19 September 2019 - Podcast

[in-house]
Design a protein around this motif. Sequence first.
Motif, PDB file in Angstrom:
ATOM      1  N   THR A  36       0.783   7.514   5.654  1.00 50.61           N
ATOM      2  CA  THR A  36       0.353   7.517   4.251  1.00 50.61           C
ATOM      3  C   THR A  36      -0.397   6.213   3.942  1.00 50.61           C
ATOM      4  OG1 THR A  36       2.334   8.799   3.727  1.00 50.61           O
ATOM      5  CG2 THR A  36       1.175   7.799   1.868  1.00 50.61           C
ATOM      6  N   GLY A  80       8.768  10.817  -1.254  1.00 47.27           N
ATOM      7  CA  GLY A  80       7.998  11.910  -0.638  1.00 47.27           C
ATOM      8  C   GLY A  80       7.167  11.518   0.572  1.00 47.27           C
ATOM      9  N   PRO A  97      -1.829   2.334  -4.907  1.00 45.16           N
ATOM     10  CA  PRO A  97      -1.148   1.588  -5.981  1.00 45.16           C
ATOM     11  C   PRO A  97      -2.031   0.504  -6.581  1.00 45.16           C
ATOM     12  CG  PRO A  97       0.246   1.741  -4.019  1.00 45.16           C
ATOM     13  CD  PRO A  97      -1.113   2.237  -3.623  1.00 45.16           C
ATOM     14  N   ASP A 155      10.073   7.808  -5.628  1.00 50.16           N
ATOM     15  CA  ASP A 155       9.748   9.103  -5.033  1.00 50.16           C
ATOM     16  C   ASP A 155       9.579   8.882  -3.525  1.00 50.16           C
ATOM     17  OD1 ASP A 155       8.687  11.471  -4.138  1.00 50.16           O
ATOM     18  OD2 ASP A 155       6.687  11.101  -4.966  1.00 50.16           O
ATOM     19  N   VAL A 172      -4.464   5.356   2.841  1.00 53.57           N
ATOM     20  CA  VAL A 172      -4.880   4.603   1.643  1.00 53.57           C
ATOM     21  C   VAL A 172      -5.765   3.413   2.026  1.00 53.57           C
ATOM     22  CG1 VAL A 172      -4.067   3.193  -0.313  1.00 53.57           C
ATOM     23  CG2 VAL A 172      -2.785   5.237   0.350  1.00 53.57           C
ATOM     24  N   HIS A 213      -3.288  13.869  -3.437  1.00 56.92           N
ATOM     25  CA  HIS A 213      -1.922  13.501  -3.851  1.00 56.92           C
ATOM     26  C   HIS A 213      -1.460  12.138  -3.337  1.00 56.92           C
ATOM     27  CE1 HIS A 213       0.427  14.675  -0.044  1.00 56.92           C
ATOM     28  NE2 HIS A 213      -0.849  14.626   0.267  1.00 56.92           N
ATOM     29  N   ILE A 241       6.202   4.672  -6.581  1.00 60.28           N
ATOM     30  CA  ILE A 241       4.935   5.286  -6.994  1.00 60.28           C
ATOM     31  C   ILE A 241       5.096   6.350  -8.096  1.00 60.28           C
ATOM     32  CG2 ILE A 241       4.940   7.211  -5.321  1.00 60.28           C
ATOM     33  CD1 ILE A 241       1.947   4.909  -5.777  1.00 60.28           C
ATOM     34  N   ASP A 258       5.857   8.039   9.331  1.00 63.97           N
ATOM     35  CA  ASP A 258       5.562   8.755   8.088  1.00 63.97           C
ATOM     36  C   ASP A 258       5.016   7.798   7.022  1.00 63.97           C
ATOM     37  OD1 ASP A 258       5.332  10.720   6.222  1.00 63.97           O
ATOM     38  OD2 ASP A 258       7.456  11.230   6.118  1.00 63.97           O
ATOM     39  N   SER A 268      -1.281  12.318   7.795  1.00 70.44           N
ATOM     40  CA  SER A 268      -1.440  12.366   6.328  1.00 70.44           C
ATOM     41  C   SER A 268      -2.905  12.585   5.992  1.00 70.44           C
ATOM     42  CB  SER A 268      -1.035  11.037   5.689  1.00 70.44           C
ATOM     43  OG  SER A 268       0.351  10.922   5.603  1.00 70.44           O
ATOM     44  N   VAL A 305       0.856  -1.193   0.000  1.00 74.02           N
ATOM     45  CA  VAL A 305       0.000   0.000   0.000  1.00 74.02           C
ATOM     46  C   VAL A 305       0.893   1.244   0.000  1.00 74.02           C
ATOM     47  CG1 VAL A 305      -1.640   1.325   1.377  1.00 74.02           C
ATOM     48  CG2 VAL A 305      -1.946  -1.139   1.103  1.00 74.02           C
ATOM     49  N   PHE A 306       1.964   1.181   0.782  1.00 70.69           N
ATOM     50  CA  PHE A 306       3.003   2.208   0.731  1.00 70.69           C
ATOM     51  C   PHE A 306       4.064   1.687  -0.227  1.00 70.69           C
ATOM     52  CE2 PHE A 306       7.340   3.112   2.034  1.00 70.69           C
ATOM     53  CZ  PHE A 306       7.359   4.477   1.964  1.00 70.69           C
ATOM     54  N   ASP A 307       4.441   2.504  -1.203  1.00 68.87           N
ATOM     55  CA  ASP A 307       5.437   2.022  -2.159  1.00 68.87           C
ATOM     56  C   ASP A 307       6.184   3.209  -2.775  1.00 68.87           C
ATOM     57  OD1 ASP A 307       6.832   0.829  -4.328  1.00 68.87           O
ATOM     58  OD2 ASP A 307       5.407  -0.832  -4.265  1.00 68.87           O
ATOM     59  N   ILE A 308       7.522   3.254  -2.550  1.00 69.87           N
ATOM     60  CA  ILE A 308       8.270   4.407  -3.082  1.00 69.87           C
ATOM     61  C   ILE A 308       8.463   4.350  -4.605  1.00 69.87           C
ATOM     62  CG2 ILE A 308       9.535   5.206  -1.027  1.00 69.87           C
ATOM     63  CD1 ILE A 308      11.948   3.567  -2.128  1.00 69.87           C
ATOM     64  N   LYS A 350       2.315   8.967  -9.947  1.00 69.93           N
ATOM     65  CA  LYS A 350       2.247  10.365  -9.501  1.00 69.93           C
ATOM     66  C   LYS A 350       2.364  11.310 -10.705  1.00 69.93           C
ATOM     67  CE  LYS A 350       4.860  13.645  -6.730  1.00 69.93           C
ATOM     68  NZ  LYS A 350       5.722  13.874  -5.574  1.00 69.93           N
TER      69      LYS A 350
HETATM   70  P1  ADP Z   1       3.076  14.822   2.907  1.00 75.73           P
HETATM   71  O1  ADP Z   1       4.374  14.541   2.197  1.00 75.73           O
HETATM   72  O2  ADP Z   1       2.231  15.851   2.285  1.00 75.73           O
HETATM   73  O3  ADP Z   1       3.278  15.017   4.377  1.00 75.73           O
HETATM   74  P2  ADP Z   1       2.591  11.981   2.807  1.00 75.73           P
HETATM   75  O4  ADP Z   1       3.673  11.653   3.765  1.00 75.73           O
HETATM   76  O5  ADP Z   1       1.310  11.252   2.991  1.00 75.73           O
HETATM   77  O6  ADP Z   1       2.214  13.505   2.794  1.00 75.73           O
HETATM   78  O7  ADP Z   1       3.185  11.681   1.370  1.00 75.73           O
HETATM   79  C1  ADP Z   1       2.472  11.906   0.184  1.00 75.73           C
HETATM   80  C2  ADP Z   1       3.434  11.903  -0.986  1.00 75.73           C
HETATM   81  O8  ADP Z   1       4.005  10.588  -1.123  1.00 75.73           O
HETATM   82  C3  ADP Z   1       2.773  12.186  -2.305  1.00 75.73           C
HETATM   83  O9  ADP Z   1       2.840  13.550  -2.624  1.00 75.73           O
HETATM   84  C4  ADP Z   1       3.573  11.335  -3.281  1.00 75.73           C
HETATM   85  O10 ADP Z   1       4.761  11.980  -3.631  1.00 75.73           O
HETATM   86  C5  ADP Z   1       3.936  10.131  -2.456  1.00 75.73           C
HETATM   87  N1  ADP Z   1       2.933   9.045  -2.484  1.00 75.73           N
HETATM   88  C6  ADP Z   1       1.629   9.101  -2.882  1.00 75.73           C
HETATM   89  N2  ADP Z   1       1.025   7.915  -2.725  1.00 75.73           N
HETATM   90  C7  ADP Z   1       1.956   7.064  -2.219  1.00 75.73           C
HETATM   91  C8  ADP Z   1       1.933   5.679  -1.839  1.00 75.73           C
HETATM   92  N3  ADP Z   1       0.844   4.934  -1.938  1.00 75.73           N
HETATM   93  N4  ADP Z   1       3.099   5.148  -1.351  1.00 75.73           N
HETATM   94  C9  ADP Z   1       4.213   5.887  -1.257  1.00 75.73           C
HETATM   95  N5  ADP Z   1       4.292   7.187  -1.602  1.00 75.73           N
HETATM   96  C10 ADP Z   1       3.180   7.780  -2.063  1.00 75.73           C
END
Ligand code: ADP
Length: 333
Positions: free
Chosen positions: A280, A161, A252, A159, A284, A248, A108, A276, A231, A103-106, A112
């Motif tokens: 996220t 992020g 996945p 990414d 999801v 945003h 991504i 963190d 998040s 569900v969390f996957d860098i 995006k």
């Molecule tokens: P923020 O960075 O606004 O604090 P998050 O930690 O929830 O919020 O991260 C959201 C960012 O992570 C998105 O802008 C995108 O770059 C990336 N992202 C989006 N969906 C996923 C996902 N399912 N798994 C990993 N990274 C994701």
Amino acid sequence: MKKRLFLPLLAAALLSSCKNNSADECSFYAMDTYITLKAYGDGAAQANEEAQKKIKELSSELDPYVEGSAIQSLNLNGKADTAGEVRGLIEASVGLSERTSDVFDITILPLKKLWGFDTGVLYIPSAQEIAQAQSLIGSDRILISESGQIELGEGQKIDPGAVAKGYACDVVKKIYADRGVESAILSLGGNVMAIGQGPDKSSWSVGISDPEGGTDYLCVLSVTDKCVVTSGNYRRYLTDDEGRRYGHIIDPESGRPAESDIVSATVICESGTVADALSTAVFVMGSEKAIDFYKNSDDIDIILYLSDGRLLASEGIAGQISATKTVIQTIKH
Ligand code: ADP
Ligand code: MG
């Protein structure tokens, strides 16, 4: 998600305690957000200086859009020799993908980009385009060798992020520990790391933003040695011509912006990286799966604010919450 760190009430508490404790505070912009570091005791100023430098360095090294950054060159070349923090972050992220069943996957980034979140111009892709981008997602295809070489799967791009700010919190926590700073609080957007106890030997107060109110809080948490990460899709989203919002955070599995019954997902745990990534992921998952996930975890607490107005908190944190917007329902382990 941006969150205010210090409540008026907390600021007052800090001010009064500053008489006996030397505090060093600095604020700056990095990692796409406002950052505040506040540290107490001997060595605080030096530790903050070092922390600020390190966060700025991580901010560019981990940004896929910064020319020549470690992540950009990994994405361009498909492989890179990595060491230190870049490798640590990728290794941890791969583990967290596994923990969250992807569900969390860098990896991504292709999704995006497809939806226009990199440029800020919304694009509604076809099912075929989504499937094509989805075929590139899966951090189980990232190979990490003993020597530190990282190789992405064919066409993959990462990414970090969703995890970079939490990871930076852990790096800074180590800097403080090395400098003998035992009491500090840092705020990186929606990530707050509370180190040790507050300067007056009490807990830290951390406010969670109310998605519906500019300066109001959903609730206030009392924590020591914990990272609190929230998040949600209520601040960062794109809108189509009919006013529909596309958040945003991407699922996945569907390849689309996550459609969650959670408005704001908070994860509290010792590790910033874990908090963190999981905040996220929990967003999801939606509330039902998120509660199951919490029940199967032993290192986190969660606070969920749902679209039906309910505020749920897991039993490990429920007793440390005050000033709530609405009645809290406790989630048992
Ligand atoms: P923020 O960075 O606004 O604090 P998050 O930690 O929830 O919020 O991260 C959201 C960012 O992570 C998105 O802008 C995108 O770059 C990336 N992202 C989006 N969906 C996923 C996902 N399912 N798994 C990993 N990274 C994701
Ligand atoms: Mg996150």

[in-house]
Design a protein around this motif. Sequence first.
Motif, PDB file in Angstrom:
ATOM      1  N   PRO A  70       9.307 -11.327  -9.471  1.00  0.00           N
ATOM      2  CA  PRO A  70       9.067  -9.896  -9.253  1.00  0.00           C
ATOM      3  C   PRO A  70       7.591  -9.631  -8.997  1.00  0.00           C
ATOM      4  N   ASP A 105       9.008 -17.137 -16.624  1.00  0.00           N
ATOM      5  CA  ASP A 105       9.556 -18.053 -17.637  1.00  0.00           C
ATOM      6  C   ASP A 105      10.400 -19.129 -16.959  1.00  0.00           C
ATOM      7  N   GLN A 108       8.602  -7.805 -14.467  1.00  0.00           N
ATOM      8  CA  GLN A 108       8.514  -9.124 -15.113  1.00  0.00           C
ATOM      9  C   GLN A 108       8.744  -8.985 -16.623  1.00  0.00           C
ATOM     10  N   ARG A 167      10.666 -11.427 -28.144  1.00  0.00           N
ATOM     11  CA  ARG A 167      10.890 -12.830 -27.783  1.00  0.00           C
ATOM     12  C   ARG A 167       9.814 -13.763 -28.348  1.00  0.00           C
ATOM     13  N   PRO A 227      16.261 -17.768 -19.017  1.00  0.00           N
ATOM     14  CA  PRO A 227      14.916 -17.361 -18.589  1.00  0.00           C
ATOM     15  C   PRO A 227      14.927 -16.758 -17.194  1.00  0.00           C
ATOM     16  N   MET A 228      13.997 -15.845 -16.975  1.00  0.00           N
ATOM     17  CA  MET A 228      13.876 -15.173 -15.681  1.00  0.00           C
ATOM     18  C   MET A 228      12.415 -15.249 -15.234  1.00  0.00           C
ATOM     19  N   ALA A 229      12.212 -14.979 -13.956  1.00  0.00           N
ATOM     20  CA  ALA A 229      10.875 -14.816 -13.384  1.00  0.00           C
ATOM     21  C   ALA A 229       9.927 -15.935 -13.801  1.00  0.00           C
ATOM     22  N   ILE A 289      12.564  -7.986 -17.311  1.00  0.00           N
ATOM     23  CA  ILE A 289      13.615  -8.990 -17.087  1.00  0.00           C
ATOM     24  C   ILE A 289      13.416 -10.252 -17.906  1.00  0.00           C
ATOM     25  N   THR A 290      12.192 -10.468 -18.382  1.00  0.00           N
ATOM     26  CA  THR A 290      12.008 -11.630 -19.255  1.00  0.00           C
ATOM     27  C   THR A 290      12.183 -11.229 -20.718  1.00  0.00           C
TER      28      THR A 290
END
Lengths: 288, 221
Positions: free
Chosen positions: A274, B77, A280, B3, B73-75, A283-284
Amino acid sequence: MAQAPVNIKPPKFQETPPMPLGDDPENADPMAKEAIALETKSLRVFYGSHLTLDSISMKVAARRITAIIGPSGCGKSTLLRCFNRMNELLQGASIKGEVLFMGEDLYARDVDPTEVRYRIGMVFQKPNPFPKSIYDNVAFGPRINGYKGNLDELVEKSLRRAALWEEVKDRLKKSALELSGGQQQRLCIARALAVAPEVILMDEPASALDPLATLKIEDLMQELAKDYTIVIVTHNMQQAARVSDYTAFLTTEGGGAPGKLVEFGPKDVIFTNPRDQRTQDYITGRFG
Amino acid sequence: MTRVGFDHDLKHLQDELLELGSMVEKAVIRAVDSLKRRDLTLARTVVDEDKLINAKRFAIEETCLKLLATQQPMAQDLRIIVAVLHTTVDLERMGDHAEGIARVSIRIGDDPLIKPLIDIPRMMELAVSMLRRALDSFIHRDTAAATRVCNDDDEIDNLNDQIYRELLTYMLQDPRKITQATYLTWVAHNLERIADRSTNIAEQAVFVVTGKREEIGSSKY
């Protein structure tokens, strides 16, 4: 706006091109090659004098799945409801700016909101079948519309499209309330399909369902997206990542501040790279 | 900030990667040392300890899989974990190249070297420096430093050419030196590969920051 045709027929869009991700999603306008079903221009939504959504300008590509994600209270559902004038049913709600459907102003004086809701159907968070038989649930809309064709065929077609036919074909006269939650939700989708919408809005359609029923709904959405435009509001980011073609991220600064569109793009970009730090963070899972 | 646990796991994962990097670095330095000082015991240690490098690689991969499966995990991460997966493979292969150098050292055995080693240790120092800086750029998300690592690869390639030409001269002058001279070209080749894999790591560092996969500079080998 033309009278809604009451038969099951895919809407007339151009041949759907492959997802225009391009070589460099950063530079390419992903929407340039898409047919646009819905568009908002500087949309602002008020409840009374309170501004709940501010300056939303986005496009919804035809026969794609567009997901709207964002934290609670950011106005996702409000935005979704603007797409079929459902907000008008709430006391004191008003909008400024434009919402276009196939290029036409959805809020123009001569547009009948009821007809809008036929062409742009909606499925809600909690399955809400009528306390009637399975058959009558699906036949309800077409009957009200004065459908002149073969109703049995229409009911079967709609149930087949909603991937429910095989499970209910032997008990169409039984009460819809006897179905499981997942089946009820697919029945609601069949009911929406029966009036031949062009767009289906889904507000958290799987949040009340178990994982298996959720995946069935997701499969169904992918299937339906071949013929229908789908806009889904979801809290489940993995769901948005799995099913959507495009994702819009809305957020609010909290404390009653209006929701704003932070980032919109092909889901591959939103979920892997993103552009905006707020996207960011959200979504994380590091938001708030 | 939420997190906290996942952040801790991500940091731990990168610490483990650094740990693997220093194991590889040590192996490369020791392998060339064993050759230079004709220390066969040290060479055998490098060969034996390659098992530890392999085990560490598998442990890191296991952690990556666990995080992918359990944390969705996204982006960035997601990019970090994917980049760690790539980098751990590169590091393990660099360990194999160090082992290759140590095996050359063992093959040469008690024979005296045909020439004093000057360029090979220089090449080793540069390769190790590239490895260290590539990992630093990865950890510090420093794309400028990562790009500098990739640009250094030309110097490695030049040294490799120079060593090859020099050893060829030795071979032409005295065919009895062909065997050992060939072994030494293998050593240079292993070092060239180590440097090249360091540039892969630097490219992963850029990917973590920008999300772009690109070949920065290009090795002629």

A recent decision by the Delaware Court of Chancery illustrates that a company's material non-disclosure disqualifies the company's directors from deferential scrutiny under the Corwin rule. In 2015, the Delaware Supreme Court's landmark decision of Corwin v. KKR Fin. Hldgs, LLC held that a merger is reviewable under the deferential business judgment rule if it is approved by an uncoerced and fully-informed majority of disinterested stockholders. Effectively, the Corwin rule provides a company's directors with a powerful defense against allegations of breach of fiduciary duties because stockholder approval “cleanses” the transaction by virtue of an uncoerced and fully-informed majority vote. In so holding, the Corwin rule displaced the longstanding Revlon rule, which dictates that certain mergers are reviewed under an enhanced scrutiny standard, rather than the deferential business judgment rule. However, in Van der Fluit v. Yates, the Court of Chancery found that the target company's directors' failure to disclose that its primary negotiators were the company's two co-founders, both of whom would receive post-merger employment benefits, rendered the Corwin rule and its cleansing effect inapplicable. Notwithstanding, under the enhanced scrutiny rule, the Court of Chancery dismissed the claims finding that plaintiff could not state any non-exculpated claims against the company's directors. For more information, see: https://courts.delaware.gov/Opinions/Download.aspx?id=265870.